Hey! I just want to talk a little bit about my thoughts on education.
From a very young age I was told to not speak up, not to voice my thoughts, not to exert my power. I was told to stay under the radar. Since I was born to want more, I was born to want to be big and loud, I became really angry. Super angry. I fought everything that was imposed upon me: rules, regulations, instructions, culture. I fought every system structure. I basically went haywire in my teenage years.
When it comes to school, I graduated from high school, I went into college, and I swear to god, I went to school every day, 4:30, but I played cards every day because I hated to have to stick to a structure or system, and I ended up failing everything when I was in college. I'm thinking, "What a waste of time!" Literally. I went for a year, and I actually decided, "You know what? I'm going to drop out of college. I'm just going to go to work."
Well, you see, I never thought I needed school. When I was a young age, I never felt like I needed school. I felt like I could do anything in my life, why should I have to go through that system? That's what I've always believed.
When I went out and got a job, my first job... You're going to die of laughter. My first job, my first sales job, I was selling jeans, and I got fired after three weeks. Literally, after three weeks, I got fired because I couldn't lie. If somebody didn't look good in a pair of jeans, I couldn't tell them that they did. Even if the commissions were higher, I just couldn't.
So anyways, needless to say, my first sales job, I got fired. Then I ended up working at an insurance company where there was racism. There was a lady I was working for, and somehow she didn't like Chinese, because she kept making these derogative remarks about Chinese, and the culture, and so on, and just didn't treat me very nicely. So, after eight months, I said, "Forget it. I'm actually going to go back to school and finish."
I did a four-year in medical technology because I figured, "Well, that's an easy way to make a lot of money." I chose a program that would make me a lot of money. That's hilarious, right?
So anyway, when I graduated, I went out to work in the hospitals. I wanted to go to university, but I thought, again, it was going to restrict me from the freedom to go out there and make something of myself. So you know what? I left to Hong Kong, and I went there without a university degree. I never thought I was going to be able to get a job, but I had to go. I had to prove to myself, regardless of what everybody was telling me... Everybody was saying, "Without an education, you can't get anywhere in this world. You need that." But I did it anyways, and I wanted to prove that I can.
The one thing that worked for me, my saving grace, was my ability to build relationships, and to build trusting, honest relationships with people. With key people, and found my way through their heart so that that's my way to success, because I didn't have the backing of a certificate or an education.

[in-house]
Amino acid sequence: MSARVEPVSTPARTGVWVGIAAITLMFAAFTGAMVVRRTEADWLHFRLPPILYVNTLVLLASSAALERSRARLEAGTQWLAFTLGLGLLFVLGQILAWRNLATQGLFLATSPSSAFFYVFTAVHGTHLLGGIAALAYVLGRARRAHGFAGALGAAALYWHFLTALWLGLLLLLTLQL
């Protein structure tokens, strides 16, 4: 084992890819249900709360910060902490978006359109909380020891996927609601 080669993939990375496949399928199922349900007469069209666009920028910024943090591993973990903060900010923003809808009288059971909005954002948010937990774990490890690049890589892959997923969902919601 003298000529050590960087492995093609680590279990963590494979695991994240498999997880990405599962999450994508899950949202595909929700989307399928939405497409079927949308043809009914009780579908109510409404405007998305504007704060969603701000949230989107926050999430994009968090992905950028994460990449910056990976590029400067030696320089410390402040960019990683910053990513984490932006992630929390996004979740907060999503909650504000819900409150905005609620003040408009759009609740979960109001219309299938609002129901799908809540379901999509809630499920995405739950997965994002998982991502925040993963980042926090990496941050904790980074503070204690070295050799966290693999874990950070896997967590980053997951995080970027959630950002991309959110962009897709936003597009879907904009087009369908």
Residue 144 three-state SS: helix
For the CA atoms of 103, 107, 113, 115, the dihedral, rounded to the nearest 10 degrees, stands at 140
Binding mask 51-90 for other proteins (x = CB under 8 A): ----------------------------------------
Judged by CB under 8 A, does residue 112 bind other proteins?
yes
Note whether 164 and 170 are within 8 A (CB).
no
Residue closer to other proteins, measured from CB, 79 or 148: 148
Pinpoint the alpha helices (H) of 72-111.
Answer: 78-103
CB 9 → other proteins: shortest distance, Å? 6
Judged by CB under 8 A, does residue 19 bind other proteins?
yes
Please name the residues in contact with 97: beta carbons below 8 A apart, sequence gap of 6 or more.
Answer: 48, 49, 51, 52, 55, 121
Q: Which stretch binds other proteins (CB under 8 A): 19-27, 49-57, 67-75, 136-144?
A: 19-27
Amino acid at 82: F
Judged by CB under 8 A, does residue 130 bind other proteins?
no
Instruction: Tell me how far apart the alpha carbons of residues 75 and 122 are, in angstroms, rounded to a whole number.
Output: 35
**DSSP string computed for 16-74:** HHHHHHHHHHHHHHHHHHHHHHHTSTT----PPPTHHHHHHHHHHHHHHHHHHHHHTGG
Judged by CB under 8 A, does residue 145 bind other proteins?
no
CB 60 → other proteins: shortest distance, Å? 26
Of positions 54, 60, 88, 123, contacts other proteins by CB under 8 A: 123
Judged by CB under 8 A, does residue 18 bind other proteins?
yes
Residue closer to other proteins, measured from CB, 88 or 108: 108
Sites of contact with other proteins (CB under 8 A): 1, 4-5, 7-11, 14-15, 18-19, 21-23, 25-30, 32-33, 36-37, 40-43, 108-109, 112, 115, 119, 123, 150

But you know the crazy thing is, when I was in Hong Kong, without that education behind me, no one even asked me if I was a university graduate, or whether I was an MBA graduate. Nobody asks me. It's almost like... Because in my mind, I was just playing in my head that I am one of them. I am equal. I just played it over, and over, and over again in my head, that I am everyone's equal. The crazy thing is no one asked me, and I was hanging around with very successful people, with university degrees, MBAs, and it was just incredible how I was able to build the relationship and find that connection with everybody regardless of what I have or what I don't. You see?
When I left Asia, I was 32 years old. When I left Asia, I decided to come back. And finally, at the height of my career, I was making a lot of money at that time, and I decided to give it all up. I came back, and I went back to school. I went back to university and finally did do my university degree. I got my finance degree after two years. But you know what? I made the decision to do it because, first of all, I did make a success of myself without it, and now I do really put a lot of emphasis on a formal education. I never was against it. It was a matter of timing on when I did it.
I chose when I was going to do it, and I came back at 32, did my finance degree, and now I have my university degree. And I did other education after that.
But that's my story. I just want to tell people that if you want to do something, in your heart, and you want to do something regardless of what everybody else thinks, go and do it. If you think education's important, do it at your timing. And that's what I have to say about education.